By Ronald B. Hellman
Once in a while, something interesting shows up in my email inbox. It’s often hard to spot, since it’s surrounded by offers to reduce belly fat, regrow hair, lower blood pressure, increase income, improve one’s sex life — among many other dubious offers. But this one caught my attention.
It was from Jeanna de Waal, a working New York actor — with credits including “Wicked,” “Kinky Boots,” “American Idiot,” “Finding Neverland,” and “Waitress”— and founder of what she calls “the first and only musical theater camp experience for adults” — namely Broadway Weekends.
Along with three friends, de Waal has created an opportunity for non-professionals who want to act, sing and dance as part of an ensemble.
“No special ability is required, and perfection is not the goal,” she says.
The program is geared for adults — no age restrictions, as long as you’re at least 21 — who want to experience “the fun and joy of performing.”
Broadway Weekends has conducted two “intensive” events so far, run by theater professionals, with the next one set for Labor Day Weekend. At a cost of $790, it includes tickets to a Broadway show and a backstage tour. Coming up this July 2 is a “Sunday Fun Day,” for $290, with guest teacher Thayne Jasperson from the original cast of “Hamilton.” Both three-day events will take place at Pearl Studios in Midtown Manhattan. As a special promotion, a 20 percent discount is offered using the code “ThePlay’sTheThing.” Go to www.broad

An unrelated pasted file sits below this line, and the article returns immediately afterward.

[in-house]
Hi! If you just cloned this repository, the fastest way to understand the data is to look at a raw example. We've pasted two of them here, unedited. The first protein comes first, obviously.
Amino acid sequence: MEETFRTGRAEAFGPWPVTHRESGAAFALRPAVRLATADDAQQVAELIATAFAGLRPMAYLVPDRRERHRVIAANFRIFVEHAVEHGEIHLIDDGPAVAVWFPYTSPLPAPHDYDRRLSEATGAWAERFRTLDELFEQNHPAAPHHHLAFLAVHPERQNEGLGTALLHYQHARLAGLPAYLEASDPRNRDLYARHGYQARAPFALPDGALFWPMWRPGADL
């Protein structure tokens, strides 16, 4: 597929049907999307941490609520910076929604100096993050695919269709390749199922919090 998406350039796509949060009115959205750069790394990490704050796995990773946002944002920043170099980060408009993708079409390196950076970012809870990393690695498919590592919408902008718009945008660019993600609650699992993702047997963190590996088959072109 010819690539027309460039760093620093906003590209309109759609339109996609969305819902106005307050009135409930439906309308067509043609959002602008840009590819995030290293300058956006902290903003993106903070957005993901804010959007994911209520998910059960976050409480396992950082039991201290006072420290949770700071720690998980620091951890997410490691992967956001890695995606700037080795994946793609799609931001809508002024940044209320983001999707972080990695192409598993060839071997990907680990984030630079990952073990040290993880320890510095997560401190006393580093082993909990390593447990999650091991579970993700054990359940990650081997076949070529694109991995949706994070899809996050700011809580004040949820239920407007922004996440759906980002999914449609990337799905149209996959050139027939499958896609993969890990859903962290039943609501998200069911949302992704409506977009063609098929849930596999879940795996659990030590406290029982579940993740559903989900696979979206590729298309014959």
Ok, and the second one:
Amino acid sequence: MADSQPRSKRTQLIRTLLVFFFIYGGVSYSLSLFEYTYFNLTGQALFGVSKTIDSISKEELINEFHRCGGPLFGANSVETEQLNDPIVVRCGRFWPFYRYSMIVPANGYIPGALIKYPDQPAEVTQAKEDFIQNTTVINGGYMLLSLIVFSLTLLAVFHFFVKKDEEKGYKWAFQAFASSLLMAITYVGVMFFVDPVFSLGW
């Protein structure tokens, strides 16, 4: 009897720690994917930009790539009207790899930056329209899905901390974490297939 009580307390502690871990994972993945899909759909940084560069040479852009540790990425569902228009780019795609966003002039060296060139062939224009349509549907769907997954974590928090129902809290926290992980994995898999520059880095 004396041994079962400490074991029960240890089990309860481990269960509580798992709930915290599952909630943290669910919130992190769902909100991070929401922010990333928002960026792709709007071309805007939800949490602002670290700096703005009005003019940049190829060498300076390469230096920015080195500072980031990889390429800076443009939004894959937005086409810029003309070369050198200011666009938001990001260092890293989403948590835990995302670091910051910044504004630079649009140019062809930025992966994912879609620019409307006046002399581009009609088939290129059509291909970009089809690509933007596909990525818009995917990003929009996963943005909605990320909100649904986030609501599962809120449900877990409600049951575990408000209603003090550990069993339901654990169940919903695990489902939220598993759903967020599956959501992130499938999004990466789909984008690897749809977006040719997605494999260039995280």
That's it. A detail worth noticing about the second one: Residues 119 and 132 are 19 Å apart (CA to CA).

For you reluctant types who still feel the urge to perform, this may be a good time to see what opportunities are available on our local stages. The community theaters tend to hold auditions months in advance of rehearsals, perhaps in an effort to secure the services of the limited supply of experienced actors. Most groups take the summer off — exceptions include Maggie’s Little Theater (Middle Village), “Joseph and the Amazing Technicolor Dreamcoat;” Rockaway Theatre Company (Fort Tilden), “The Producers” and “The Elephant Man;” and Saint Gregory’s Theatre Group (Bellerose), “The Little Mermaid.” Check out Spotlight on Stage and Deb’s Web for notices.
In July and August, a number of theater festivals take place, but you’ll have to cross the river to Manhattan to find them. LocalTheatreNY.com has some listings. Queens is still waiting for someone with initiative to produce something similar here — after all, we only have a population of at least 2.3 million!
The Queens Council on the Arts emails the question “need money for your art?” Grants are available for nonprofit organizations, so it would be a good idea to get in touch with them to find out the eligibility requirements.
On the literary front, Bayside resident and Crocheron Park tennis regular Steven Jay Griffel has had his fifth novel published, “The Ishi Affair.” Unlike the previous four, all e-books, this one’s a paperback, a blessing to an old-fashioned technophobe like me.
Now that the hyperbolic awards season has ended with the Tonys, let me offer some advice from the late Julie Harris, a five-time Tony-winner: “Take the work seriously, but don’t take yourself seriously.”
Contact Ron Hellman at rbhof